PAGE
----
It takes a lot of courage to invest in a rental property and become a landlord. At the same time, being a landlord is no easy task. You’ll be responsible for marketing your property, as well as looking for tenants and screening them.
Once you get a tenant, you’re expected to collect rent, handle tenant requests and maintain your property. As a new landlord, you’re bound to encounter various challenges and make a few mistakes.
Being a landlord can be intimidating when you’re just starting. Fortunately, we’ll share tips in this article that will help you avoid major pitfalls landlords face. With proper preparation, you’ll be able to protect your property and have regular rental revenue.
1. Take Advantage of Earning Opportunities
Most investors think that once they buy a property, they can make earnings solely through rent. They fail to take advantage of other income opportunities to increase their return on investment. For example, they can install solar panels and sell the extra energy generated by it.
Or they can put up a billboard or telecommunications tower on the property’s vacant space. Another idea is to convert an unused shed to a storage area and lease it out.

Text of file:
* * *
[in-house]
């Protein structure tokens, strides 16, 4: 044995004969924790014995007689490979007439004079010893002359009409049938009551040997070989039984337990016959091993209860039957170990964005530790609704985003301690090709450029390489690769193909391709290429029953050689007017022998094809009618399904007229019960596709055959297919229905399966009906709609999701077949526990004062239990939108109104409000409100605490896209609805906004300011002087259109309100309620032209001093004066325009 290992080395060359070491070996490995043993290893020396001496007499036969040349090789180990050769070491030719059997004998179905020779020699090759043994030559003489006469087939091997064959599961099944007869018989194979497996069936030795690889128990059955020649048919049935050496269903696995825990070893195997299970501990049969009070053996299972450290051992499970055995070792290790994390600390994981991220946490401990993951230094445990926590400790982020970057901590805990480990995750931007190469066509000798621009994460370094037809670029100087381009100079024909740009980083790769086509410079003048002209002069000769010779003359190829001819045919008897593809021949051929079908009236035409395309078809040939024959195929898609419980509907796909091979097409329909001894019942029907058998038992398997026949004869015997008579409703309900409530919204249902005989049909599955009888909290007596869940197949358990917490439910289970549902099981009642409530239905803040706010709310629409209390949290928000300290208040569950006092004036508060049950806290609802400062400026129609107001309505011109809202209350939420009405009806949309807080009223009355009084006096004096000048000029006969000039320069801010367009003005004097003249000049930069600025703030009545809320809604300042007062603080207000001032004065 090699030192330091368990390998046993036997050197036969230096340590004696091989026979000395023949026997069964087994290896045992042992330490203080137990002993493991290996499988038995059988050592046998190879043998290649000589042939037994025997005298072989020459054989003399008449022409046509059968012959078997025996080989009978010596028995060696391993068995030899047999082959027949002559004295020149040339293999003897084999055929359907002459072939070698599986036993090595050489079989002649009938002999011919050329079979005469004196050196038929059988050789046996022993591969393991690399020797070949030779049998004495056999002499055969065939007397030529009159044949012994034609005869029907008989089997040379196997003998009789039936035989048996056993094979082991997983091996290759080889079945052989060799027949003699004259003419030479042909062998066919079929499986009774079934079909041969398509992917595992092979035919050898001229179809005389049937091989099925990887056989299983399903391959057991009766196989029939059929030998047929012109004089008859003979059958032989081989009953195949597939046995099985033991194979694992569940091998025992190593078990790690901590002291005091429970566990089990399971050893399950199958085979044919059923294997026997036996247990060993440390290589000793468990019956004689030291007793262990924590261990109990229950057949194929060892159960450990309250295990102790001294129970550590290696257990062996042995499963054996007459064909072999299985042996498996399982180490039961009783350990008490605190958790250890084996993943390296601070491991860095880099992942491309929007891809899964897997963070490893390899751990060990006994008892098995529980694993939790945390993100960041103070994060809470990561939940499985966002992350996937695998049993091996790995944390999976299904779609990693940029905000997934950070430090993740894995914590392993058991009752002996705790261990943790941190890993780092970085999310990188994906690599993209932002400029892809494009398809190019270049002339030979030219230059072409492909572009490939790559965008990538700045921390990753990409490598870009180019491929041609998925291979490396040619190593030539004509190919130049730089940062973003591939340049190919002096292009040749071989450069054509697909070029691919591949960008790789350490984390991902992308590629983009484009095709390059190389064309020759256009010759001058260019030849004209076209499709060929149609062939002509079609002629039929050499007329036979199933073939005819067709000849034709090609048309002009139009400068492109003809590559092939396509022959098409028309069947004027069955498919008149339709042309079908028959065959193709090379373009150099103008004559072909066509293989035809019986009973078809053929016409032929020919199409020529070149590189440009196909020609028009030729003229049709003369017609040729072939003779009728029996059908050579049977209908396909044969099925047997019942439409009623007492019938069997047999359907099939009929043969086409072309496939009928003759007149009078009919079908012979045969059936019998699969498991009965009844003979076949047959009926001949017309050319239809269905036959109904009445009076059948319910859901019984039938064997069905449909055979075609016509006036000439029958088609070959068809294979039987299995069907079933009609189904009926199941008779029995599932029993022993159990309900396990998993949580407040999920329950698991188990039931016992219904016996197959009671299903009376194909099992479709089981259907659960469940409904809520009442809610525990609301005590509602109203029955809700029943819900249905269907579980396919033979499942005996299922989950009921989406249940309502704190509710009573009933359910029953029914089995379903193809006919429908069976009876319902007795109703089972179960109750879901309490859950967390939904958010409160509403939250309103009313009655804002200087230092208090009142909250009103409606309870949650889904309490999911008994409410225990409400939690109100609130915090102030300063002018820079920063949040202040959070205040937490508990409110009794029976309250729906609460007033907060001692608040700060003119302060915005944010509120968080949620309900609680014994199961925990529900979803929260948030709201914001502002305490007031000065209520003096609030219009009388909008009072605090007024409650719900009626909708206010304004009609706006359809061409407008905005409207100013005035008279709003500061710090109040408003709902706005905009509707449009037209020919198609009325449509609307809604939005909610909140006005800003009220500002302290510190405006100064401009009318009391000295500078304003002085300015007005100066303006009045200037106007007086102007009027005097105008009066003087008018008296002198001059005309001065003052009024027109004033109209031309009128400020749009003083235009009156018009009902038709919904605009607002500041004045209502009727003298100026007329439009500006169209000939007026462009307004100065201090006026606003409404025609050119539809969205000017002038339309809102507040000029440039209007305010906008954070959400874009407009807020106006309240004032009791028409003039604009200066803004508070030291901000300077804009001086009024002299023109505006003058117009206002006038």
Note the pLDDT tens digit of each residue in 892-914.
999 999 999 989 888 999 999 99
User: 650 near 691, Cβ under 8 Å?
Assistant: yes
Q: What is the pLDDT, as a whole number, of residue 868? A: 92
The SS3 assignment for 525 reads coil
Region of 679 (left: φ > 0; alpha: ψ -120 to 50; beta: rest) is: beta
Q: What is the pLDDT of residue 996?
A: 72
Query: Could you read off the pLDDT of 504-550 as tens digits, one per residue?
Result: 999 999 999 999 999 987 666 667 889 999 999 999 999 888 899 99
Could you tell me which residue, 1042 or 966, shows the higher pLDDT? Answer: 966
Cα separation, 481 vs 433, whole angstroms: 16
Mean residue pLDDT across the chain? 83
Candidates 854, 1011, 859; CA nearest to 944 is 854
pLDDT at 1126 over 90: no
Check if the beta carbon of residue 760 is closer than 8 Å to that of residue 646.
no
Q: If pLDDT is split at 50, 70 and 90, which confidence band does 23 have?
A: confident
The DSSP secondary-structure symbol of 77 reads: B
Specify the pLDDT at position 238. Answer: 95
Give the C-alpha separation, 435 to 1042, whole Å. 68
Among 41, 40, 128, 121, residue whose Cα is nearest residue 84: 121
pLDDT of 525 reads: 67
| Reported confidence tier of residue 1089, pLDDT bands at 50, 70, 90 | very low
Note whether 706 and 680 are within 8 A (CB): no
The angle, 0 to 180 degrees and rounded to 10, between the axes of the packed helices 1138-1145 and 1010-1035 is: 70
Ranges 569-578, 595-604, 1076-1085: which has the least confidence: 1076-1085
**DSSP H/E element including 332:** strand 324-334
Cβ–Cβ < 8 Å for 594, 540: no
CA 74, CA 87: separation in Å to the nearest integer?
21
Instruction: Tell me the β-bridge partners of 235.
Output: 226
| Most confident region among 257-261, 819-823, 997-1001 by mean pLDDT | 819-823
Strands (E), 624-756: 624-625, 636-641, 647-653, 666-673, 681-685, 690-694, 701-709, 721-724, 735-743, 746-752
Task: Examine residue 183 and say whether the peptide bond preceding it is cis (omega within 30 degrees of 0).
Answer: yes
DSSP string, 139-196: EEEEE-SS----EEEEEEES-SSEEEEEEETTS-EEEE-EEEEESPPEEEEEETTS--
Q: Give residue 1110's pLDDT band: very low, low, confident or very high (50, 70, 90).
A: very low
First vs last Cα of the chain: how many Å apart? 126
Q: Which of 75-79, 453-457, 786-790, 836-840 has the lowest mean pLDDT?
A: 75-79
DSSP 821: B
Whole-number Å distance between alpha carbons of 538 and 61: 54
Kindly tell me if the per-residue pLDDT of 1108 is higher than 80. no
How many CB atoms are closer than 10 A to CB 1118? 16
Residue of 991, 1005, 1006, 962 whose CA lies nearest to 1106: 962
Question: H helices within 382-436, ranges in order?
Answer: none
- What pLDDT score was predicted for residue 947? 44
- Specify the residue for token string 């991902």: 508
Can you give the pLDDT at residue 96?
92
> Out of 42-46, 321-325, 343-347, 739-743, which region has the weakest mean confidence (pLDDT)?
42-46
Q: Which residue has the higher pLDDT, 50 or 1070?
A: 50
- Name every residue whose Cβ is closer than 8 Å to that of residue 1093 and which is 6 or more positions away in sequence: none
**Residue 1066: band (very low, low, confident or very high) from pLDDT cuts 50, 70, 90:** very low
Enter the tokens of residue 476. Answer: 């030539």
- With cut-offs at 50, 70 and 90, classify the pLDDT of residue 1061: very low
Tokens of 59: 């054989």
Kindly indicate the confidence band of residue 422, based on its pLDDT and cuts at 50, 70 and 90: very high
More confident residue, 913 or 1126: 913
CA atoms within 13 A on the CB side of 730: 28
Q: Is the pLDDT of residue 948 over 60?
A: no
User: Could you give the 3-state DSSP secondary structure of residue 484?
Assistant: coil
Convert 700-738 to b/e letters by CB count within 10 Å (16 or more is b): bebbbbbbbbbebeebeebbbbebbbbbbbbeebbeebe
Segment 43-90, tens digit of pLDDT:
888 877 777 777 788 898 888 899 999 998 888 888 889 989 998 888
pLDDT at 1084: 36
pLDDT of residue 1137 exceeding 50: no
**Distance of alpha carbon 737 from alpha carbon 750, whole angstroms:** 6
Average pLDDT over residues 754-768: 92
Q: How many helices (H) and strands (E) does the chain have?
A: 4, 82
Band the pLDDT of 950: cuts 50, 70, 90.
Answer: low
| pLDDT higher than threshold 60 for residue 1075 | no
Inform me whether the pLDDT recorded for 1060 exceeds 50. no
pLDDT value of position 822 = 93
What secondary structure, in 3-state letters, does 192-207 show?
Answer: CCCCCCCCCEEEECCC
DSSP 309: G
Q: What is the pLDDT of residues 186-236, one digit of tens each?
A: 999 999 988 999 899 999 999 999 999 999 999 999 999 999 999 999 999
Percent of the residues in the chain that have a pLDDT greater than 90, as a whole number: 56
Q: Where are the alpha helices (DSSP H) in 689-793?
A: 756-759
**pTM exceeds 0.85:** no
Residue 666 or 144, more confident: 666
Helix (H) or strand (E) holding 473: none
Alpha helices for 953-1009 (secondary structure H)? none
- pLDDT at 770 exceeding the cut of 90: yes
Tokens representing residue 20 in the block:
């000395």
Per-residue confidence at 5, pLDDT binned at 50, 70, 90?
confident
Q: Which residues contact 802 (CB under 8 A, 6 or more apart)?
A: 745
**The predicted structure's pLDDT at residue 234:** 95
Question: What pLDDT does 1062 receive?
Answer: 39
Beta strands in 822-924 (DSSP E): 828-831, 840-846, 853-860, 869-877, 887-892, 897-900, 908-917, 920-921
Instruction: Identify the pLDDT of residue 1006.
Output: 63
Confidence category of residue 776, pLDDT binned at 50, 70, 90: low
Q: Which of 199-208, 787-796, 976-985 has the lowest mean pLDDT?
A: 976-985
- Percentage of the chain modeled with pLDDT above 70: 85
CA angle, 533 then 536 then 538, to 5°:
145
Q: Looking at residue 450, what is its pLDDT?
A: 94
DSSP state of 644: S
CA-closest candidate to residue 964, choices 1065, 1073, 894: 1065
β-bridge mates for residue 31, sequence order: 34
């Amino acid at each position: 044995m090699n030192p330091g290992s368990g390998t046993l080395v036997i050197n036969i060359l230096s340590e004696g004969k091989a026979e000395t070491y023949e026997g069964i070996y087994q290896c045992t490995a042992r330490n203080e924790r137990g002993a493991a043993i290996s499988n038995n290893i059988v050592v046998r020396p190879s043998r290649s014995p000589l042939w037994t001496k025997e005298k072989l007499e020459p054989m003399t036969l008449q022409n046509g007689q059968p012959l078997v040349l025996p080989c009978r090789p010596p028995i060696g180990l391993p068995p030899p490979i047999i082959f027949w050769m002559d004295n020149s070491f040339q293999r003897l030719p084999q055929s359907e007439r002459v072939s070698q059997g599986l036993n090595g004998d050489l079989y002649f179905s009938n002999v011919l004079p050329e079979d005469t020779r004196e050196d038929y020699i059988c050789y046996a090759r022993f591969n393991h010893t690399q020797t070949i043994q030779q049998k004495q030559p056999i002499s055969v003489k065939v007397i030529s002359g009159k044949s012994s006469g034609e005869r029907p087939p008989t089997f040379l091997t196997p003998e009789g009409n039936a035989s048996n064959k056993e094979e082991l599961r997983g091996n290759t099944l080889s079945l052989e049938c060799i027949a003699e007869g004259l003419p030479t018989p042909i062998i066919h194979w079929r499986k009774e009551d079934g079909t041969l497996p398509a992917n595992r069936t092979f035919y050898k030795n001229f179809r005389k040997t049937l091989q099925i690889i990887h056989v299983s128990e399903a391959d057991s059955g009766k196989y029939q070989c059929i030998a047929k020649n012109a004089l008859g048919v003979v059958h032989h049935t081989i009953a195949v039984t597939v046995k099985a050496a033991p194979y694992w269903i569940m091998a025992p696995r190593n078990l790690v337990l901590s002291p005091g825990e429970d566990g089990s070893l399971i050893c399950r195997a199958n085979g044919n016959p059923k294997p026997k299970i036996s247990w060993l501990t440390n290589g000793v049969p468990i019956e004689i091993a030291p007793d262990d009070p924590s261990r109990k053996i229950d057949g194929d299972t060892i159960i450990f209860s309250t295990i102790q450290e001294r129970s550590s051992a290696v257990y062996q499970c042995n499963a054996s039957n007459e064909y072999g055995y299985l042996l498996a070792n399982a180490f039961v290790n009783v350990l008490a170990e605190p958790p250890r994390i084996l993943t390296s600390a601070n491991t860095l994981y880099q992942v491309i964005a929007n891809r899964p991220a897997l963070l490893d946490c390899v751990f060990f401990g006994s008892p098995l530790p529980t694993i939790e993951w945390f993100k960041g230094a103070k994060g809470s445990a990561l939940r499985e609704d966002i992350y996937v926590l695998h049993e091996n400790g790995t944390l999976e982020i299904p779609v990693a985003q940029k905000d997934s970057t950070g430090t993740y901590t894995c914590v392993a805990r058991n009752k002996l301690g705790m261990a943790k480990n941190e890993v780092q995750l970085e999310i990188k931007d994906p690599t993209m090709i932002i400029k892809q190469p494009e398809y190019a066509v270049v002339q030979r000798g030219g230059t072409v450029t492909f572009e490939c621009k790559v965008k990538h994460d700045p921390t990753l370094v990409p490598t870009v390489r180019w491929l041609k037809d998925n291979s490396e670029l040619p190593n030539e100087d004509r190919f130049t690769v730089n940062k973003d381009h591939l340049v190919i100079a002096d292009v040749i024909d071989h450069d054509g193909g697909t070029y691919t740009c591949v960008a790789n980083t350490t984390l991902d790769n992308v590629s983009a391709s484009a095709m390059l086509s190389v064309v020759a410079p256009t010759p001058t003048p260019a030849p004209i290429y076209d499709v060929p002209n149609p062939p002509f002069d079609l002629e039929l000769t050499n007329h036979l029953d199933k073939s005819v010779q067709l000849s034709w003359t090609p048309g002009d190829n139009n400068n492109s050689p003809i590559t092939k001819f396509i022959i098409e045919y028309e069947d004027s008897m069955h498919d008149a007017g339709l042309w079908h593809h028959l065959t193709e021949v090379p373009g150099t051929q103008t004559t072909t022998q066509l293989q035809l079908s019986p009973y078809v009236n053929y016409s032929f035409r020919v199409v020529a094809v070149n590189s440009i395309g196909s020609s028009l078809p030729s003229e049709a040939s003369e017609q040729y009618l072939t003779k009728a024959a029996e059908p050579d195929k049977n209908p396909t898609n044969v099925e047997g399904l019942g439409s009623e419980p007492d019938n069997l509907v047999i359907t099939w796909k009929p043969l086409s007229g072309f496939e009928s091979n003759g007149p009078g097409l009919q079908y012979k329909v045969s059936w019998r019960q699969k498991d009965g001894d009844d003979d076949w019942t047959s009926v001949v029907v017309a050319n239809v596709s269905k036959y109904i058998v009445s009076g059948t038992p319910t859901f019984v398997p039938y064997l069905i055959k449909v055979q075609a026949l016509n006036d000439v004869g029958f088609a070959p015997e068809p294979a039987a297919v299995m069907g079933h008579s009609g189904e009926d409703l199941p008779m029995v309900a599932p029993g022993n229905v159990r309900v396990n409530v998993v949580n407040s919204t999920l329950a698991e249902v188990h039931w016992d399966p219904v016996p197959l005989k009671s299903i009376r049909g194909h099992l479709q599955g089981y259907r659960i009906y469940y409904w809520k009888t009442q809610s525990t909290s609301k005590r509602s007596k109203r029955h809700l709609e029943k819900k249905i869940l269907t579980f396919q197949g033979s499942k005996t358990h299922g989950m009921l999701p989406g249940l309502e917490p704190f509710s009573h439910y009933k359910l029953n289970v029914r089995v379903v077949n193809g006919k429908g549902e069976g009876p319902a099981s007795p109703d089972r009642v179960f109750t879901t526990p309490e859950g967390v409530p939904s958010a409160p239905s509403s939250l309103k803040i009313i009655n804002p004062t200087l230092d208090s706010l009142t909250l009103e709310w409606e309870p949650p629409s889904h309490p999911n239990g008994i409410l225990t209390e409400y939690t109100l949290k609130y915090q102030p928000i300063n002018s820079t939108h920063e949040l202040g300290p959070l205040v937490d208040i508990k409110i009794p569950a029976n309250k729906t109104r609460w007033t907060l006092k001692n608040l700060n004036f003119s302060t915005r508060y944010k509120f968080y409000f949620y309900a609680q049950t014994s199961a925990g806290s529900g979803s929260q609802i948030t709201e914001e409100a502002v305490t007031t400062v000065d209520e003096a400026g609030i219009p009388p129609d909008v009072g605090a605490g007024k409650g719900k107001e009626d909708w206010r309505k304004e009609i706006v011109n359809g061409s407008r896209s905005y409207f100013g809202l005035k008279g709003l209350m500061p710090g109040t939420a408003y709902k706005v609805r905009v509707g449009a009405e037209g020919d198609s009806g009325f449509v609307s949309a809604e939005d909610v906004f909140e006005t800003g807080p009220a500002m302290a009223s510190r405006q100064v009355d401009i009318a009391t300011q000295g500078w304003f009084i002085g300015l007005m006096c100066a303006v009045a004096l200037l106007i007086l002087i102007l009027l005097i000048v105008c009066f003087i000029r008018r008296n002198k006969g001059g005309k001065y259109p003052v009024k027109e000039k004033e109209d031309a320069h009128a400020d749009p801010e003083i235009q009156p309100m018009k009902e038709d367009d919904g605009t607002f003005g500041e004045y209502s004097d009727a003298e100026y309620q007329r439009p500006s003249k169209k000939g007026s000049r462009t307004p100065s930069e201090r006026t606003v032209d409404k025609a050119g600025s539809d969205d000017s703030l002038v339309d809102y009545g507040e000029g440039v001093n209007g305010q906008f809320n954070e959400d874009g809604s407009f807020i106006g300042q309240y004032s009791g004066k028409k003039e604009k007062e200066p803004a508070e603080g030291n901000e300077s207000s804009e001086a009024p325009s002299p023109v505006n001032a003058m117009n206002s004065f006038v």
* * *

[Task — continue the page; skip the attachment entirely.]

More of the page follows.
2. Choose the Right Financing Strategy
Investors focus the majority of their time on finding the best real estate deals. Moreover, they only think about financing after finding a good deal.
As an investor, it’s not enough to focus only on the interest rate. You should also consider how long the amortization is and if there’s a balloon payment.
Many investors have lost good real estate deals because they weren’t equipped with the right financing strategy. Make sure you’re as proactive in financing as you are in looking for good deals.
3. Set the Right Rental Rate
Before you start looking for a tenant, you need to set the right rental rate. The price shouldn’t be based on your expenses or your estimate of your property’s value.
If you set your rental price too high, you might lose prospective tenants. Because of this, your property will remain vacant for a long period.